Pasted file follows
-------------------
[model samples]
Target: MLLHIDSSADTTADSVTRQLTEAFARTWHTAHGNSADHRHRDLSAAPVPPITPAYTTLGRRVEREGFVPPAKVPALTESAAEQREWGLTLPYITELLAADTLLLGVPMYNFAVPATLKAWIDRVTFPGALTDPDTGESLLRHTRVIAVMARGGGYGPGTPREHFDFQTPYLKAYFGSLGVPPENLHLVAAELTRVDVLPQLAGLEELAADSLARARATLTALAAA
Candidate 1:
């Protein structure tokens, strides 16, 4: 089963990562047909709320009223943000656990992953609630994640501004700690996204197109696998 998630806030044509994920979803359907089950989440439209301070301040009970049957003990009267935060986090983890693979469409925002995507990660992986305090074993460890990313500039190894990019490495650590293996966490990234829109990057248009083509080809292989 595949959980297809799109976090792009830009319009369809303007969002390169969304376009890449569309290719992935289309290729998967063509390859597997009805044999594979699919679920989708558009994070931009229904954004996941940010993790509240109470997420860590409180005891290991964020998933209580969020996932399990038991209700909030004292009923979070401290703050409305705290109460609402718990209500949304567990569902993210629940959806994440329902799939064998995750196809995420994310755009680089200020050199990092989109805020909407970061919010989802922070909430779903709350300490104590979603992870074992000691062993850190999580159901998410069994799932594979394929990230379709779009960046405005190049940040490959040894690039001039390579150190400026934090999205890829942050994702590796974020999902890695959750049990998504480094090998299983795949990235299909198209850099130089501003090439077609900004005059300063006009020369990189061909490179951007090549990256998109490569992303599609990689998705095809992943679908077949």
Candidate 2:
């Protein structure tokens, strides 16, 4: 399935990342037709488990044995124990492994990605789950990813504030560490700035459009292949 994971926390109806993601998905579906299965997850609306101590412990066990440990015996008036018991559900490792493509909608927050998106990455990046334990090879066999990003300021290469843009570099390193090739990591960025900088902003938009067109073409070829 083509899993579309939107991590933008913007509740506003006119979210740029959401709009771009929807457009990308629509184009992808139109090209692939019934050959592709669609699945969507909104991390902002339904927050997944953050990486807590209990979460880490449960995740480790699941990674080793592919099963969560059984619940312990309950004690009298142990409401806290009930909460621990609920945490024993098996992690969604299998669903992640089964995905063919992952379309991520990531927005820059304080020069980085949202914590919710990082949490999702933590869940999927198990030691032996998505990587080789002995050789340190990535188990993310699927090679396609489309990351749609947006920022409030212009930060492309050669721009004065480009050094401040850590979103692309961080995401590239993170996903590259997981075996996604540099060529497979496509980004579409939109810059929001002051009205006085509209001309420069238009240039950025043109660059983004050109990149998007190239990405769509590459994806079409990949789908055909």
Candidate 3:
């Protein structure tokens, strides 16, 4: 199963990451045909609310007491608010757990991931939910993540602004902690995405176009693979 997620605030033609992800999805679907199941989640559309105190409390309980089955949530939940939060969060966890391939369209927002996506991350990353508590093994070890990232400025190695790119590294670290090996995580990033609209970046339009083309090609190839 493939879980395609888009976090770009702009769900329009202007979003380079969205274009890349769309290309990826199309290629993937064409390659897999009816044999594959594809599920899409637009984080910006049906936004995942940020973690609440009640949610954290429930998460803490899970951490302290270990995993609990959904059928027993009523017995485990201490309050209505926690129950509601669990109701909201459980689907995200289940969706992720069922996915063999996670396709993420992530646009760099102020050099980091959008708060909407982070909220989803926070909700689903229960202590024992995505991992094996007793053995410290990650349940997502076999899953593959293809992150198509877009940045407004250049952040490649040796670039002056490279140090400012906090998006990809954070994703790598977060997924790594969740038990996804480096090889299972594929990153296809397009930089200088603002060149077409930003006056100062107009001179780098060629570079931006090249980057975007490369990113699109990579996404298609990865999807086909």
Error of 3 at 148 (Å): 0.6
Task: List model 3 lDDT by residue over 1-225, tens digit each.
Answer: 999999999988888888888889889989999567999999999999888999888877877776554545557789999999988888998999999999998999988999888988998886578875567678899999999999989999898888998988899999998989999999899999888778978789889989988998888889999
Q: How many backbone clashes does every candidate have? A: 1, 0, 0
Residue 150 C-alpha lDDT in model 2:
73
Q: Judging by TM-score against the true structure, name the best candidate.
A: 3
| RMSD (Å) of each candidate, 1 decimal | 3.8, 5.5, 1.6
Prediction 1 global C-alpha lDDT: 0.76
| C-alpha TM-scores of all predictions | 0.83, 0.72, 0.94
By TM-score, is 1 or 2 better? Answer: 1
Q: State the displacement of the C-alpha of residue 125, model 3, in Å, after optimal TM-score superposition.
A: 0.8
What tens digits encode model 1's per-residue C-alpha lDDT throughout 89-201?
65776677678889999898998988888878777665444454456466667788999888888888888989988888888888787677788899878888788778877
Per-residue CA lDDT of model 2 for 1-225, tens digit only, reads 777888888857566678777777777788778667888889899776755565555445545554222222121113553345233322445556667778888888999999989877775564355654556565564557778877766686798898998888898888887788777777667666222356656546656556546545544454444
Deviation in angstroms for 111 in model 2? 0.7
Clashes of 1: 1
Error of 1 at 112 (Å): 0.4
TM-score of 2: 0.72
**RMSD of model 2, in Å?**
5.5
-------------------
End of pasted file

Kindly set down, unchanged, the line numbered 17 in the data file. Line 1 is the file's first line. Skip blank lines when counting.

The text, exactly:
| RMSD (Å) of each candidate, 1 decimal | 3.8, 5.5, 1.6